When sultry summer night falls

Some days I’m anxious for night to fall. It brings the close of day and a chance to sleep, perchance to dream. Samuel Butler called nighttime “the Sabbath of mankind, to rest the body and the mind.”

New every morning is the love

Our wakening and uprising prove;

Through sleep and darkness safely brought,

Restored to life and power and thought.

— John Keble

Some days I’m anxious for night to fall.

It brings the close of day and a chance to sleep, perchance to dream.

Samuel Butler called nighttime “the Sabbath of mankind, to rest the body and the mind.”

And some days I’m anxious when night falls.

It brings the incessant replay of nagging regrets and an irrational sense of foreboding.

In the Bible, there are few references to things happening at night and so you tend to remember them.

On one holy night there was a birth announcement.

On another night a man by the name of Nicodemus came to Jesus and in his nocturnal interview heard about the need to be born over again.

And once when night fell over Jerusalem there was a final meal in an upstairs room.

But it was not all hugs and kisses.

Sand was slipping through the hourglass. Jesus announced to his dinner guests that betrayal was on the menu.

They speculated.

Who would serve up the poison?

Allegedly Judas had a reputation as treasurer of cooking the books and pocketing the profits.

So why sell Jesus?

For the money, perhaps.

Or he may have thought that he should be chairman of the disciples and not a lowly bean counter.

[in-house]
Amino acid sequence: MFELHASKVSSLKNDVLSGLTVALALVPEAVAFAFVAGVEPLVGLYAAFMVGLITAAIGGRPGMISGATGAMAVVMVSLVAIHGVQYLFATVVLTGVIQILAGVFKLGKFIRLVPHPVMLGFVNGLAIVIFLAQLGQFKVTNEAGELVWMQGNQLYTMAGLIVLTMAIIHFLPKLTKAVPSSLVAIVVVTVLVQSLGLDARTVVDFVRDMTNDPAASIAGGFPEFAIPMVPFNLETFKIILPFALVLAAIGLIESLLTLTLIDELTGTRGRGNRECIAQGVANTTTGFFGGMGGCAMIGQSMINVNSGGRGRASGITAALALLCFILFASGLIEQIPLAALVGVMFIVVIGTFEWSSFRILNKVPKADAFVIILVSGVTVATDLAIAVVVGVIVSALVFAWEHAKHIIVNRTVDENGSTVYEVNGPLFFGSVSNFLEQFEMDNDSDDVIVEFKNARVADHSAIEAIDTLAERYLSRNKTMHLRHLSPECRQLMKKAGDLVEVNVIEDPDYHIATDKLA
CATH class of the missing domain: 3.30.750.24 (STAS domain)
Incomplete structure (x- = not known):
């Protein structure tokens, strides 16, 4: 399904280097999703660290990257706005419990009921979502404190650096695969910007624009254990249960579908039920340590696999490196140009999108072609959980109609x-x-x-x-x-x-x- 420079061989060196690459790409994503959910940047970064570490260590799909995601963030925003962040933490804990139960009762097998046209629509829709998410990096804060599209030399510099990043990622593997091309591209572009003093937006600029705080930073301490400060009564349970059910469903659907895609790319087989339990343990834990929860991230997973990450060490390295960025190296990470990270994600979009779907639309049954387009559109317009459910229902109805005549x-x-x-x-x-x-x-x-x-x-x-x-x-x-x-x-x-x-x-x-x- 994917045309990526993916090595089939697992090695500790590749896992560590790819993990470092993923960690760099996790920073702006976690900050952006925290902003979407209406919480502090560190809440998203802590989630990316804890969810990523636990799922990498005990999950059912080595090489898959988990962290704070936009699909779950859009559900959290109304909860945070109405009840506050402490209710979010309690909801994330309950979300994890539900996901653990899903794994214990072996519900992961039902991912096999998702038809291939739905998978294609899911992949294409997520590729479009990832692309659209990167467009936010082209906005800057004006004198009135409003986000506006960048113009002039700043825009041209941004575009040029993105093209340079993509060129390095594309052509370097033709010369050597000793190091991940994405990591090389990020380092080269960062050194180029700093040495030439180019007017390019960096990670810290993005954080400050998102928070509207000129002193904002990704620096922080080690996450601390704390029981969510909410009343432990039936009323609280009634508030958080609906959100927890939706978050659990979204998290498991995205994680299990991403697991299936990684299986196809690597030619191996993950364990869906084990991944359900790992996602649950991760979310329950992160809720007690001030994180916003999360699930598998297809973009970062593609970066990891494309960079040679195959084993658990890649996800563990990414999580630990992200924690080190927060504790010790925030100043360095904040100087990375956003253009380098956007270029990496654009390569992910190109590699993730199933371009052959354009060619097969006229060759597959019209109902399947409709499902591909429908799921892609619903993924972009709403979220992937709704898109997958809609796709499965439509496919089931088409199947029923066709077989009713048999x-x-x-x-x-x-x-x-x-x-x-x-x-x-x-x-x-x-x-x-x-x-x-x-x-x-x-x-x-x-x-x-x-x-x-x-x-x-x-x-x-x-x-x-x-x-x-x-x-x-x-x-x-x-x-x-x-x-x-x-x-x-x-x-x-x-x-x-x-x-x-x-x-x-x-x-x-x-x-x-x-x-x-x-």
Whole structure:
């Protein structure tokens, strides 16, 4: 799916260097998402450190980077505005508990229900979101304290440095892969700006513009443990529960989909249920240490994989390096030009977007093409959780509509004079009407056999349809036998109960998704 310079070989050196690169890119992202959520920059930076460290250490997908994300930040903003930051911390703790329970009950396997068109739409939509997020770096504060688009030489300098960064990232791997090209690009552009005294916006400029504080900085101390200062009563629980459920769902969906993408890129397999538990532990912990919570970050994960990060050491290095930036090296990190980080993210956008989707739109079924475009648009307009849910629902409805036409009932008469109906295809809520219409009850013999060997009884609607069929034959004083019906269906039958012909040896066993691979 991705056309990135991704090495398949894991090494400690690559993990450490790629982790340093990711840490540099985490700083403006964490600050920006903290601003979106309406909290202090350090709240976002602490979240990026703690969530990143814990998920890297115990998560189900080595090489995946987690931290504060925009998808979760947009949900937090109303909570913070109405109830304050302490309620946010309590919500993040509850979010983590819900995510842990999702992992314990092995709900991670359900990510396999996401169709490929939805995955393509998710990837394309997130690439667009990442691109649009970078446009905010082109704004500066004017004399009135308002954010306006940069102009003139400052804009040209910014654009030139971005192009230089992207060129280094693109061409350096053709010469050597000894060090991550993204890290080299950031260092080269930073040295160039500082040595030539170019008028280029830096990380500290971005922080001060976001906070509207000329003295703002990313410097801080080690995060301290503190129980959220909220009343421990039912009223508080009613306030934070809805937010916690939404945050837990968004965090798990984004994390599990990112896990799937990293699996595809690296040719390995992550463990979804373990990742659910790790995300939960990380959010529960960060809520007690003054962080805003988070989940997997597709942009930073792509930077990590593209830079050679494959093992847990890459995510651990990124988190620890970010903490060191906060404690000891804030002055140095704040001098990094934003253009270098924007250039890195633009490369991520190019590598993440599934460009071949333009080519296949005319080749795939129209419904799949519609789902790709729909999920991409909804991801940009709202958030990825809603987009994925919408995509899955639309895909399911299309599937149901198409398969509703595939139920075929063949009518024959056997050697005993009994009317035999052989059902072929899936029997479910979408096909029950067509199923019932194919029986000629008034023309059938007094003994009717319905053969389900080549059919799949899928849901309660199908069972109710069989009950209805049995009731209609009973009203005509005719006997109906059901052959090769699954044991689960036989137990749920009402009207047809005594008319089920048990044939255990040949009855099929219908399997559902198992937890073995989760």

Or maybe he was tired of waiting for Jesus to take the world by storm and wanted to force his hand.

Or maybe it was a little bit of everything.

At any rate, Judas left to get Caiaphas the high priest and set up the kissing cue with the soldiers.

Then the gang made their way out of Jerusalem along the chalky road to a familiar garden. They had met there many times before.

Judas knew it.

His hunch was that that would be where Jesus would go.

And Judas would be ready.

He brought along a battalion of Roman soldiers and the officers of the chief priests and the Pharisees.

They came; a mob with torches to see with in the dark, and weapons to subdue the enemy.

The mob coming to lynch a black man. The mob coming after Beauty’s hideous Beast.

Jesus asked him who they were looking for.

They told him and he told them he was their man.

According to Matthew, Judas planted his infamous kiss on Christ to confirm who the enemy was. Jesus was seized and arrested.

Judas could have taken his laundered loonies and found somewhere to spend them.

But when the time came he wasn’t in the mood.

Somehow he’d never dreamed that so much would be lost in his pathetic little deal.

His last desperate act was to return the money to the chief priests. When they didn’t take it back, Judas threw it on the floor and threw his life away.

The night wasn’t over yet.

Our enemies are our enemies because of their potential for dastardly deeds. But our friends will stick with us through thin and thick. They are our rock.

At least that’s what Jesus called Peter.

Who but Jesus would have guessed that while he was being interrogated inside by the High Priest, Peter the Rock would be outside warming his hands by the fire in the cold of that long night saying “Jesus who?”

Then the night that had fallen so hard was over.

In the pink of dawn welcomed by the squawking of a rooster, Peter saw his cowardly disaffiliation and tears ran down his face like rain down a rock.

We are, all of us, complicated creatures.

We make pledges with our fingers crossed behind our back. We say one thing and do another. We are not always to be trusted. We profess loyalty but harbor an agenda.

In the dark of a sultry summer night, we wrestle with our own betrayals and denials.

And so we should, in the full knowledge that with the light of dawn we wake and rise up not condemned, as Peter discovered, but in the words of lyricist John Keble, restored to life and power and thought.

Rev. Bob Ripley, author and syndicated columnist, is the retired senior minister of Metropolitan United Church in London, Ont.